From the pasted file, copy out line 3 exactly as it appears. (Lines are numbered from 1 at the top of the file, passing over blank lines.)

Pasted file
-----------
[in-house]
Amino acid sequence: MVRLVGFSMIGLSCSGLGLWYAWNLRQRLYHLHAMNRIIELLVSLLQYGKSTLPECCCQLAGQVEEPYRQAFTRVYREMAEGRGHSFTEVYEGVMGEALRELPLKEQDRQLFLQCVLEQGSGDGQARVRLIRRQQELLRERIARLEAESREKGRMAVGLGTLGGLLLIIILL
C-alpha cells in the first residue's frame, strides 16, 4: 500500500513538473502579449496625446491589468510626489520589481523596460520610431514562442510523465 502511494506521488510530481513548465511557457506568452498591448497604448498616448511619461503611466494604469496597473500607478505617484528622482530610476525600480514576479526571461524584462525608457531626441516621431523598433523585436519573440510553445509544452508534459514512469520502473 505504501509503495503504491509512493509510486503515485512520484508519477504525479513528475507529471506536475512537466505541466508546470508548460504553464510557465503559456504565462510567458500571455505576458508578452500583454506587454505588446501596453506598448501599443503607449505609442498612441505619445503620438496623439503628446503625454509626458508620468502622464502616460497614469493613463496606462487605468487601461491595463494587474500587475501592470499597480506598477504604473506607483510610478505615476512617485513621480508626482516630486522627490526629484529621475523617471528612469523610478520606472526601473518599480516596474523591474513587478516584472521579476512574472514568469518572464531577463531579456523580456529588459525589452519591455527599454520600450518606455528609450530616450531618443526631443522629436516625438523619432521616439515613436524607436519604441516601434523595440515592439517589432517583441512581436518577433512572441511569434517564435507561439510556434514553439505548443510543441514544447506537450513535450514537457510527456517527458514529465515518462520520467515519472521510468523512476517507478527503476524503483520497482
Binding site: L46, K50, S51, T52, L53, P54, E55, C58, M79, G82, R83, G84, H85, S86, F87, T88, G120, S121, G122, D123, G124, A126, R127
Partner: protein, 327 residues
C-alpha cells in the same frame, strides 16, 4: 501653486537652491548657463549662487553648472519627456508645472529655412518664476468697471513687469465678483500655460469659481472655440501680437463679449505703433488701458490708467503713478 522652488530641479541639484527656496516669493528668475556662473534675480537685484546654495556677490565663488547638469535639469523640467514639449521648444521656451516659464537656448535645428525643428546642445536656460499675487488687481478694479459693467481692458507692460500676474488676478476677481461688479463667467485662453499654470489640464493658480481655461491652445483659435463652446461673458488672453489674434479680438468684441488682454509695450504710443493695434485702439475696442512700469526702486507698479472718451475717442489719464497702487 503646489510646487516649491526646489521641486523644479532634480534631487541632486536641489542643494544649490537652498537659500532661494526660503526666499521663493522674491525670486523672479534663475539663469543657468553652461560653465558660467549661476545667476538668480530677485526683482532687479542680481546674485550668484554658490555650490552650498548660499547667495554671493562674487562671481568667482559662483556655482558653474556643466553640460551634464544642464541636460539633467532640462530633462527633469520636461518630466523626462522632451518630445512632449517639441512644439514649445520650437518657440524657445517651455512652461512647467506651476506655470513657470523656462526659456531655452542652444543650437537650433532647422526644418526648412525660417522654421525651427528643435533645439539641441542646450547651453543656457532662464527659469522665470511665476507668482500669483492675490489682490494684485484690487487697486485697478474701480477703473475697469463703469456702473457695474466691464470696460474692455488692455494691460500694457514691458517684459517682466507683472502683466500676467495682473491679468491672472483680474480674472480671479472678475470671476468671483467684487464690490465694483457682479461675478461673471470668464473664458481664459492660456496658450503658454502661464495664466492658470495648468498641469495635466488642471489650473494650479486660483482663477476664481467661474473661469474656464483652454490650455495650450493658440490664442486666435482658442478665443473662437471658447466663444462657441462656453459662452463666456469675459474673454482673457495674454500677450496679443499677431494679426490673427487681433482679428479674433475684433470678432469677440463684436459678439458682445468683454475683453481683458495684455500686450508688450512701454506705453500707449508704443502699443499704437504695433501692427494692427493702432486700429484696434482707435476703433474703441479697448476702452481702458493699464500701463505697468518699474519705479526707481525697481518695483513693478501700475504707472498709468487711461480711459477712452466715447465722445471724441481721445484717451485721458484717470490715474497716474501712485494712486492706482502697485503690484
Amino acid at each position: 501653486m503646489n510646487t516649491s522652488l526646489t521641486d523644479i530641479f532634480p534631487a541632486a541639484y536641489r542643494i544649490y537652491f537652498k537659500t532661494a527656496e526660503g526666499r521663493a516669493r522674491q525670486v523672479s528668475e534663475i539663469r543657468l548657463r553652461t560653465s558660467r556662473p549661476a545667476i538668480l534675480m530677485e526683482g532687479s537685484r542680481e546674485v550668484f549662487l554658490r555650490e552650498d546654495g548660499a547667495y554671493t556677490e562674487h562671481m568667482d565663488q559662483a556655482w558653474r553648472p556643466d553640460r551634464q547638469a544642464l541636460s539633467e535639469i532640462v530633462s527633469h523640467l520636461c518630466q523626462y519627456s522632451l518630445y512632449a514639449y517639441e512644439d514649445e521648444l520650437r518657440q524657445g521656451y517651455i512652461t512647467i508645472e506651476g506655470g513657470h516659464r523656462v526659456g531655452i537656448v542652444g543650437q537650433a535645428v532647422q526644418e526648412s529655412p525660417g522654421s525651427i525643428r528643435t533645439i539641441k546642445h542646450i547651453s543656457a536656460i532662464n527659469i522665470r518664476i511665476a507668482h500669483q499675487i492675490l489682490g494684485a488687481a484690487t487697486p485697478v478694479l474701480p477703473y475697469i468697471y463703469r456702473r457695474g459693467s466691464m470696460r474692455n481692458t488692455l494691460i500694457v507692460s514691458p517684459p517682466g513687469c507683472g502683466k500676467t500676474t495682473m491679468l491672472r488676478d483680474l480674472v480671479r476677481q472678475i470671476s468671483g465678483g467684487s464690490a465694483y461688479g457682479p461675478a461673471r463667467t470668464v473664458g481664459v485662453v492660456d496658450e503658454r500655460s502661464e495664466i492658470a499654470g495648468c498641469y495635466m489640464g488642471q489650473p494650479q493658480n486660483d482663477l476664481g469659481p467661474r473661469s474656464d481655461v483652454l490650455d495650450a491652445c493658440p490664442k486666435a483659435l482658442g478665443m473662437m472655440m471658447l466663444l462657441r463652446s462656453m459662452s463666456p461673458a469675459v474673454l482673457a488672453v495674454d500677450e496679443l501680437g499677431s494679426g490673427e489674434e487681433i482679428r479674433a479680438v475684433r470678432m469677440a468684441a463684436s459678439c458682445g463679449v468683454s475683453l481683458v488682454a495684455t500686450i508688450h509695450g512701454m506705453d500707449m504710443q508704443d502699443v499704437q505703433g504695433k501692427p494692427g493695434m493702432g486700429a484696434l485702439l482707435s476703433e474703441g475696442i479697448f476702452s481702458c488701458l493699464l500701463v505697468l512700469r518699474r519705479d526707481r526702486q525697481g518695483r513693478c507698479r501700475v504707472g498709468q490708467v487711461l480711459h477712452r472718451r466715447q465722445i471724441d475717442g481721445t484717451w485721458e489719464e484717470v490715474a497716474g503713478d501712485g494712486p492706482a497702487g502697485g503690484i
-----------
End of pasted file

C-alpha cells in the first residue's frame, strides 16, 4: 500500500513538473502579449496625446491589468510626489520589481523596460520610431514562442510523465 502511494506521488510530481513548465511557457506568452498591448497604448498616448511619461503611466494604469496597473500607478505617484528622482530610476525600480514576479526571461524584462525608457531626441516621431523598433523585436519573440510553445509544452508534459514512469520502473 505504501509503495503504491509512493509510486503515485512520484508519477504525479513528475507529471506536475512537466505541466508546470508548460504553464510557465503559456504565462510567458500571455505576458508578452500583454506587454505588446501596453506598448501599443503607449505609442498612441505619445503620438496623439503628446503625454509626458508620468502622464502616460497614469493613463496606462487605468487601461491595463494587474500587475501592470499597480506598477504604473506607483510610478505615476512617485513621480508626482516630486522627490526629484529621475523617471528612469523610478520606472526601473518599480516596474523591474513587478516584472521579476512574472514568469518572464531577463531579456523580456529588459525589452519591455527599454520600450518606455528609450530616450531618443526631443522629436516625438523619432521616439515613436524607436519604441516601434523595440515592439517589432517583441512581436518577433512572441511569434517564435507561439510556434514553439505548443510543441514544447506537450513535450514537457510527456517527458514529465515518462520520467515519472521510468523512476517507478527503476524503483520497482